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Old 11-12-2018, 09:52 AM
robj144 robj144 is offline
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Default Midi recording question

Maybe no one here can help, but I'd figure I'd ask. I also might already know the answer to my question, but want to confirm.

When I record a "live" midi track using my midi keyboard WITHOUT any snapping or quantization, if I record at a high tempo and play it back, the midi track plays back at a different tempo and the articulations are different than what I played live. It sounds a lot different than how it played it live. However, when I play slower, it sounds exactly like what I played live. Is this because I'm playing at a tempo faster than the session tempo? I thought that only mattered when quantizing and the recorded tempo would just fit in the session tempo. Like if I recorded at 200 bpm and the session tempo was 100 bpm, it would just be two notes per beat but still play back normal like what was recorded. I thought that if quantizing was on, it would try to fit notes in to different spots and then it would sound different.

If anyone could help, that would be great. I tried to Google and found things that were similar, but not enough to answer my question.
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  #2  
Old 11-12-2018, 10:46 AM
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KevWind KevWind is offline
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Quote:
Originally Posted by robj144 View Post
Maybe no one here can help, but I'd figure I'd ask. I also might already know the answer to my question, but want to confirm.

When I record a "live" midi track using my midi keyboard WITHOUT any snapping or quantization, if I record at a high tempo and play it back, the midi track plays back at a different tempo and the articulations are different than what I played live. It sounds a lot different than how it played it live. However, when I play slower, it sounds exactly like what I played live. Is this because I'm playing at a tempo faster than the session tempo? I thought that only mattered when quantizing and the recorded tempo would just fit in the session tempo. Like if I recorded at 200 bpm and the session tempo was 100 bpm, it would just be two notes per beat but still play back normal like what was recorded. I thought that if quantizing was on, it would try to fit notes in to different spots and then it would sound different.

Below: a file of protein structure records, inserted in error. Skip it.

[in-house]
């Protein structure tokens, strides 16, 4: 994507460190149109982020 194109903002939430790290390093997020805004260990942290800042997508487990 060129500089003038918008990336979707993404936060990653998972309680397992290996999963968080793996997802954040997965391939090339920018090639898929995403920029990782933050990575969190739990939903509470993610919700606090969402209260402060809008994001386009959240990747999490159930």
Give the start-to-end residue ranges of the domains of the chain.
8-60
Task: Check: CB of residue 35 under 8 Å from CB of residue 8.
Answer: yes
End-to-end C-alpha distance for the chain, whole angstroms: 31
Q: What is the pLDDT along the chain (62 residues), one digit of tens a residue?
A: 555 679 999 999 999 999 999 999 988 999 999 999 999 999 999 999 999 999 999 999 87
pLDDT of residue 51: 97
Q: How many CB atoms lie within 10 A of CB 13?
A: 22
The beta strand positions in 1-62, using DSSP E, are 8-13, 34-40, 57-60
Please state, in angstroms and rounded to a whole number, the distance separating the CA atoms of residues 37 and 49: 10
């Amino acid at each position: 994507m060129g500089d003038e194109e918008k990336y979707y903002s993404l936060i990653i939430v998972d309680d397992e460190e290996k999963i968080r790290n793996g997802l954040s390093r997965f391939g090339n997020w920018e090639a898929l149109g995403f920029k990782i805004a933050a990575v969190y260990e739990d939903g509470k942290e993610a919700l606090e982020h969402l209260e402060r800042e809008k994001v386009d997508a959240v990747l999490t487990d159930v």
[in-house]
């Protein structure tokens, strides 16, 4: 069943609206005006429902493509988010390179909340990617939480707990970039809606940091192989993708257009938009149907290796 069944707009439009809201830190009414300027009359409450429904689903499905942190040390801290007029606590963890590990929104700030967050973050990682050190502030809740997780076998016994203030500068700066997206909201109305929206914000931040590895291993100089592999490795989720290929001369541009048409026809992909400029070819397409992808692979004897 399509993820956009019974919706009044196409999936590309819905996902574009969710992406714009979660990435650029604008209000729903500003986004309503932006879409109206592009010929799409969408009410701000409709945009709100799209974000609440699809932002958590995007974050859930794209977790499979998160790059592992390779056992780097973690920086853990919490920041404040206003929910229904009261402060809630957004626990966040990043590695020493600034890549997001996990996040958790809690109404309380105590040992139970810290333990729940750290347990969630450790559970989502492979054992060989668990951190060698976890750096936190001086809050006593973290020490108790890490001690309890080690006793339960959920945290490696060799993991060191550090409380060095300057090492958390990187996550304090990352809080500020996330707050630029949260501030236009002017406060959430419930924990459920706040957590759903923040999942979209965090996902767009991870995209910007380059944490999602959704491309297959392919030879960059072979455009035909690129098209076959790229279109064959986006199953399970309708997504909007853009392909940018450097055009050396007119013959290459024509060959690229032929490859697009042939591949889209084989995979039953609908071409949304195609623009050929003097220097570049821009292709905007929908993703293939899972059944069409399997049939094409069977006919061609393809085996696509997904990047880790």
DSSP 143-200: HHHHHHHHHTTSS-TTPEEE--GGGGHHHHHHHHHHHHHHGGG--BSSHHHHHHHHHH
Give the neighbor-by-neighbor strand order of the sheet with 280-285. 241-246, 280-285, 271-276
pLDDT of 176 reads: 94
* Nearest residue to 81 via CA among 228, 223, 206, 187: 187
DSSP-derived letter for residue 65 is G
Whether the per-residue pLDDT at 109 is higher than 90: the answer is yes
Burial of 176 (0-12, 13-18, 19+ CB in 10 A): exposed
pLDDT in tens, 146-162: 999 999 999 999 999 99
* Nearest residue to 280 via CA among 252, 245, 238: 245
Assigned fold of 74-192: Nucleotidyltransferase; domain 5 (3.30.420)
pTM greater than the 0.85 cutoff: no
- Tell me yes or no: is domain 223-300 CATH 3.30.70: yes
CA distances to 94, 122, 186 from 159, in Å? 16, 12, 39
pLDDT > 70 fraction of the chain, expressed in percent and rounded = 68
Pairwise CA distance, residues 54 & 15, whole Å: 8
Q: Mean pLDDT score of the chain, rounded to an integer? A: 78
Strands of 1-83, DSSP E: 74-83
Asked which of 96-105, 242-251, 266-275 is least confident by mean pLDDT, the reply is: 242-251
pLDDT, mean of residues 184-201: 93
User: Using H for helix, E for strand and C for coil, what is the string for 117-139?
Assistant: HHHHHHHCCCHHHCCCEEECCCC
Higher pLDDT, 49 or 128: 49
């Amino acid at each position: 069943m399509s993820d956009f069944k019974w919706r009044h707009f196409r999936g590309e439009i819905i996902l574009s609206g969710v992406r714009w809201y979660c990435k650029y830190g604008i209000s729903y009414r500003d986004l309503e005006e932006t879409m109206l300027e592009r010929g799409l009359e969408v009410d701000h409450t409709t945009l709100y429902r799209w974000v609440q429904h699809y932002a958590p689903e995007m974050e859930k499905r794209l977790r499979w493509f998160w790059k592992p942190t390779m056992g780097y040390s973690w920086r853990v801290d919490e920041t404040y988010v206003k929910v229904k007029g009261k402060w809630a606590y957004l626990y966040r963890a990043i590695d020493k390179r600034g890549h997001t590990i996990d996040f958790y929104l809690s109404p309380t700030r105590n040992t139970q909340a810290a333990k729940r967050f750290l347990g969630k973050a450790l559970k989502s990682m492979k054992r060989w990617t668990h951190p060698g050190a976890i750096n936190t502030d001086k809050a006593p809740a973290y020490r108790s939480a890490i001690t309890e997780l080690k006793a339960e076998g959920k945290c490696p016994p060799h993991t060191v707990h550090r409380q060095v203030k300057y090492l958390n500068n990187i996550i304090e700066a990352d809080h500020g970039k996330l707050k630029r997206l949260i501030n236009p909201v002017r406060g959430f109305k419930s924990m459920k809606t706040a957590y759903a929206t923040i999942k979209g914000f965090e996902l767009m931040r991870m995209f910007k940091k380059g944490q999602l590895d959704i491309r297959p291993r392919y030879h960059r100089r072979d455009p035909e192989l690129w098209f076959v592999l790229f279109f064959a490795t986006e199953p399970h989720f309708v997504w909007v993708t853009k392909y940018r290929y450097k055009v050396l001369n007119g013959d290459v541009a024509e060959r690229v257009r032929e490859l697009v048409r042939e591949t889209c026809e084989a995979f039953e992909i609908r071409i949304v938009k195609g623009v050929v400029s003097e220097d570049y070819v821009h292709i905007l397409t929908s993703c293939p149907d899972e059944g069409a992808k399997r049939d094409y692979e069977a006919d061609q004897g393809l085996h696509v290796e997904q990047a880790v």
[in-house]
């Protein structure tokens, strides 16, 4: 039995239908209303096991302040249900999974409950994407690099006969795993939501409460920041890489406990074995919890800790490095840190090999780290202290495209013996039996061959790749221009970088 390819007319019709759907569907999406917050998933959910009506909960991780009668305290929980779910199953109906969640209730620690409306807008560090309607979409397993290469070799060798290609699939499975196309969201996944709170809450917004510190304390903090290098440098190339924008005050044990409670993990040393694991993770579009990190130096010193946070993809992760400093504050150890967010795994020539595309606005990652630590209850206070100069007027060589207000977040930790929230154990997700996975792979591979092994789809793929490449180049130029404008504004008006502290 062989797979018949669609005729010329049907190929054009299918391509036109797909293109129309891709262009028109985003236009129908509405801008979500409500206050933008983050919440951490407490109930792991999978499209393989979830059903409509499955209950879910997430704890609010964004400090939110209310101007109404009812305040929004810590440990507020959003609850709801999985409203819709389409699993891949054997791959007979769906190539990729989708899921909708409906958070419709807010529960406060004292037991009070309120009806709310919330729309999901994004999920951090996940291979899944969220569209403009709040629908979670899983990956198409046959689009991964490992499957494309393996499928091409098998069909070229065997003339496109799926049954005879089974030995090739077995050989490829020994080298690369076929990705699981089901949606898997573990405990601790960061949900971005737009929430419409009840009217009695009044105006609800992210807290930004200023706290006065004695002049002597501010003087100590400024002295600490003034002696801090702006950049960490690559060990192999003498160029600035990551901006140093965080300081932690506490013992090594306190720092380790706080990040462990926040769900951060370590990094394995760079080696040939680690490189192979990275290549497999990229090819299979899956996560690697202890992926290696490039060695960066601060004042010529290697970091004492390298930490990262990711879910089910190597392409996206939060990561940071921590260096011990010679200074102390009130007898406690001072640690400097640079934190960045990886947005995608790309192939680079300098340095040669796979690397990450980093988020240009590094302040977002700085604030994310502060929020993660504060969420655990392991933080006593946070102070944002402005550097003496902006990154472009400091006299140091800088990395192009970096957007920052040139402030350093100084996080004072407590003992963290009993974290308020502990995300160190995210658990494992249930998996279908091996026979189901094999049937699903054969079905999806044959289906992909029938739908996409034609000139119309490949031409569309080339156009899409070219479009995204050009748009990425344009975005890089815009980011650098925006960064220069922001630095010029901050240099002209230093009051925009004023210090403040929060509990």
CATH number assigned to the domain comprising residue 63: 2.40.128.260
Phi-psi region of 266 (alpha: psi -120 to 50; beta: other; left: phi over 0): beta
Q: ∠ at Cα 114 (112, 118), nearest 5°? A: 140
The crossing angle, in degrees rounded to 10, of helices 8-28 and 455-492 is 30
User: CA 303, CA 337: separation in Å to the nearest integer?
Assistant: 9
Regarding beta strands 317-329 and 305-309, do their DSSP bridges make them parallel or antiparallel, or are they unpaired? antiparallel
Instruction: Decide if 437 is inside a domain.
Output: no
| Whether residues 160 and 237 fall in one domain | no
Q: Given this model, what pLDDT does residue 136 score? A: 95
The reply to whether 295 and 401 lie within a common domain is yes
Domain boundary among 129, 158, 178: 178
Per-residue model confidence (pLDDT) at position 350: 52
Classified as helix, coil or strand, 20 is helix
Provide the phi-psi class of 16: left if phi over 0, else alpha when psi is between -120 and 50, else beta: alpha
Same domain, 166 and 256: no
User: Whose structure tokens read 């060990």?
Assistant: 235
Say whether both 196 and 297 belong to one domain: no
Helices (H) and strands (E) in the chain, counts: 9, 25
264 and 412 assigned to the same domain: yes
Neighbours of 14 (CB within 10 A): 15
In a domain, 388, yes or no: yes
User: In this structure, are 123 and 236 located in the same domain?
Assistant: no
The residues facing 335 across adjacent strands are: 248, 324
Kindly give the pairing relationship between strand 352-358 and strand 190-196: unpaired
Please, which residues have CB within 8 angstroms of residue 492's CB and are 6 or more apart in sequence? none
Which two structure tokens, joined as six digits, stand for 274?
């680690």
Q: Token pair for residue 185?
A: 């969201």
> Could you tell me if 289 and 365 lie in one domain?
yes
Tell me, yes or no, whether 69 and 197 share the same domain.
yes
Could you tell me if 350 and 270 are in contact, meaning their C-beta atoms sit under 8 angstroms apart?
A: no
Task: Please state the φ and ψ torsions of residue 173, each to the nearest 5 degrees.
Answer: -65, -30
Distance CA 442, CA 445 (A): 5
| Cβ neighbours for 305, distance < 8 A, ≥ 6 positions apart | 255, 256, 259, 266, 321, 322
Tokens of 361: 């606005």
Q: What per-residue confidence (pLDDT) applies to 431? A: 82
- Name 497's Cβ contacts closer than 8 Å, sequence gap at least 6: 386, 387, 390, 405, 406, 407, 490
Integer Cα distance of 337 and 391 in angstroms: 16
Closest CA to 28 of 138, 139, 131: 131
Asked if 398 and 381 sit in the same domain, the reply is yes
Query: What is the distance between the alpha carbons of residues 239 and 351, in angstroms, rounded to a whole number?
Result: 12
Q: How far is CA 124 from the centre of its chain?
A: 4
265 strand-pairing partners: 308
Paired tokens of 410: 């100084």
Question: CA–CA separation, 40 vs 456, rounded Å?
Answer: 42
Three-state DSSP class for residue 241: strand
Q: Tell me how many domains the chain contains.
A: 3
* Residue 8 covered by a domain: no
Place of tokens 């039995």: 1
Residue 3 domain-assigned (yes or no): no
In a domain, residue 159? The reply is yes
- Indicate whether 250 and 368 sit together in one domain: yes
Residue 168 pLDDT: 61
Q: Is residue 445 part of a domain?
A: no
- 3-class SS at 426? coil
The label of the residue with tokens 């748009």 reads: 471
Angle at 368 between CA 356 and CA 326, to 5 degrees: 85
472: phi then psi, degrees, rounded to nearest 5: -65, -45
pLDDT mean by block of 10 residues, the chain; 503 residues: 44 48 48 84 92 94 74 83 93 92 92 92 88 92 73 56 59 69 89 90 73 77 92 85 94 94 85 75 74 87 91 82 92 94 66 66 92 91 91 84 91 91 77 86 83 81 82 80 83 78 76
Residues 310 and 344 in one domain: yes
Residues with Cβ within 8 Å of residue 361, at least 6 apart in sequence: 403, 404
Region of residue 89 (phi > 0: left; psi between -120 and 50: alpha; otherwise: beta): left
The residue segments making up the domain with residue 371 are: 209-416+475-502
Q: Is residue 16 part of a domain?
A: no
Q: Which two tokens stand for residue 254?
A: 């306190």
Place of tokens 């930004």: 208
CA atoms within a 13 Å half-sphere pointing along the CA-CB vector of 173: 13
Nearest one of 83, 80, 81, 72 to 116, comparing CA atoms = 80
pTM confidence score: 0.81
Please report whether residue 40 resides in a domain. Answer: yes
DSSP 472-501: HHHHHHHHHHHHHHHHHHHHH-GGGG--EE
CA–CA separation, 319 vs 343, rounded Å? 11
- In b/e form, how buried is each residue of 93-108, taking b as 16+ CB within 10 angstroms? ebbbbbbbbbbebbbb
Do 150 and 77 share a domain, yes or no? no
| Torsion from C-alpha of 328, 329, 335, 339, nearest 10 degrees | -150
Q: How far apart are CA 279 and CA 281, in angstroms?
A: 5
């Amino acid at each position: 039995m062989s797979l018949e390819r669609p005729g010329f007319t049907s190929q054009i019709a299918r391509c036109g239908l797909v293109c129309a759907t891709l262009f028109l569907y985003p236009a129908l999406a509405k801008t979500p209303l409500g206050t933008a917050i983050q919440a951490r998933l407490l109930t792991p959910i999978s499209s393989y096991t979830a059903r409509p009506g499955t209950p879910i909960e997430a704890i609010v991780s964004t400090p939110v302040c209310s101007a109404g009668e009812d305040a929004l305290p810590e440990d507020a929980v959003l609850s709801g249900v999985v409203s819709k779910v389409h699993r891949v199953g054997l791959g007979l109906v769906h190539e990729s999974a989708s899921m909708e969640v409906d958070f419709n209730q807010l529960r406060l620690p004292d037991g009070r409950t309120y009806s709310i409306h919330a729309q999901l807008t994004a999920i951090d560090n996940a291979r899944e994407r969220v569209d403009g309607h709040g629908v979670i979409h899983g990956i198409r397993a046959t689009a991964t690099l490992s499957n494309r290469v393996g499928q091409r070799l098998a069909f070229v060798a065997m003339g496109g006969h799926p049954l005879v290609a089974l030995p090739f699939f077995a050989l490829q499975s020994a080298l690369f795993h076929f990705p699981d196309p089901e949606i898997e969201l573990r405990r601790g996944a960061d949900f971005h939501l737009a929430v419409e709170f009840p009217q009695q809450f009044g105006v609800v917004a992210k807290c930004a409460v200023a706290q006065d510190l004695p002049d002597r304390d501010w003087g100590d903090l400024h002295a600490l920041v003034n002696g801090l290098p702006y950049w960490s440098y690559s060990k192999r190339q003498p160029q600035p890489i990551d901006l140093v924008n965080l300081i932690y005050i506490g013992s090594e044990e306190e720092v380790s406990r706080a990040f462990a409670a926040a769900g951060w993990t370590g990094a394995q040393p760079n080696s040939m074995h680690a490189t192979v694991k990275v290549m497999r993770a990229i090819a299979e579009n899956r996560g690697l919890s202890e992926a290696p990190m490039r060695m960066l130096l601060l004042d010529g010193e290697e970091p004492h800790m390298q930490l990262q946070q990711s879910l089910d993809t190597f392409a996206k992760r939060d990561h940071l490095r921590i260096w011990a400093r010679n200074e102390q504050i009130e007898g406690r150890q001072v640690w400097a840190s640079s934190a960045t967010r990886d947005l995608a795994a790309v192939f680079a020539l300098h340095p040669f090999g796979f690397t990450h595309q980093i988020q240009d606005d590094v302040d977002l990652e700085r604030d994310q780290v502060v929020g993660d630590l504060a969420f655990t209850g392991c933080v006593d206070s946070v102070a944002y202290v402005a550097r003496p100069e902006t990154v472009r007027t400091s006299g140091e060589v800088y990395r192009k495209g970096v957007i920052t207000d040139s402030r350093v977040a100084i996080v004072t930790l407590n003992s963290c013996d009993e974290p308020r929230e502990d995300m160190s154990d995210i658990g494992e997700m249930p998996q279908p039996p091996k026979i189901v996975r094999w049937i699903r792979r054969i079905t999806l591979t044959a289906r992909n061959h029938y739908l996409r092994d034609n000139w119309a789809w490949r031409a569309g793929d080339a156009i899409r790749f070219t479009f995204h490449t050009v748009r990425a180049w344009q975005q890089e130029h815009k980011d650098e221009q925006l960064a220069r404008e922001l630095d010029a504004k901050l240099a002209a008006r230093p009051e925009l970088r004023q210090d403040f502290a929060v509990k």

If anyone could help, that would be great. I tried to Google and found things that were similar, but not enough to answer my question.
While many here do record only audio , there are also some people on this subform that record both midi and audio (like me), so help is quite possible

I may be able to help but first a bit more detailed info would be very helpful.

First are you recording audio and then midi or just all midi ?

What types of midi instruments are you recording ?

What DAW are you using?
Does it have ADC - automatic delay compensation ?

Are you using a click ?

Exactly what do you mean recording midi faster than the session tempo ? (unless you mean the tempo of already recorded audio)

Also how Quantizing behaves depends of the what type or setting is used .
Straight quantization moves mistimed notes to the closest grid line. Or (depending on DAW) you can set quantisation to vary the note placement to have a more humanized feel Or some DAWS offer capturing a live performance and quantizing the midi to that performance timing (It all depends on what features the DAW you are using has .

I'm guessing you are trying to record midi to already existing audio otherwise with all midi I don't see how timing could and issue as the midi performance should just lock to whatever tempo you designate regardless of what tempo you recorded it at

.
For example when I record midi drums I usually record it 1/2 the tempo I will want the finished session to be at, then when the midi drums are done I can just reset the session tempo and the drums are good to go
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Last edited by KevWind; 11-12-2018 at 12:36 PM.
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Old 11-12-2018, 12:49 PM
robj144 robj144 is offline
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Quote:
Originally Posted by KevWind View Post
While many here do record only audio , there are also some people on this subform that record both midi and audio (like me), so help is quite possible

I may be able to help but first a bit more detailed info would be very helpful.

First are you recording audio and then midi or just all midi ?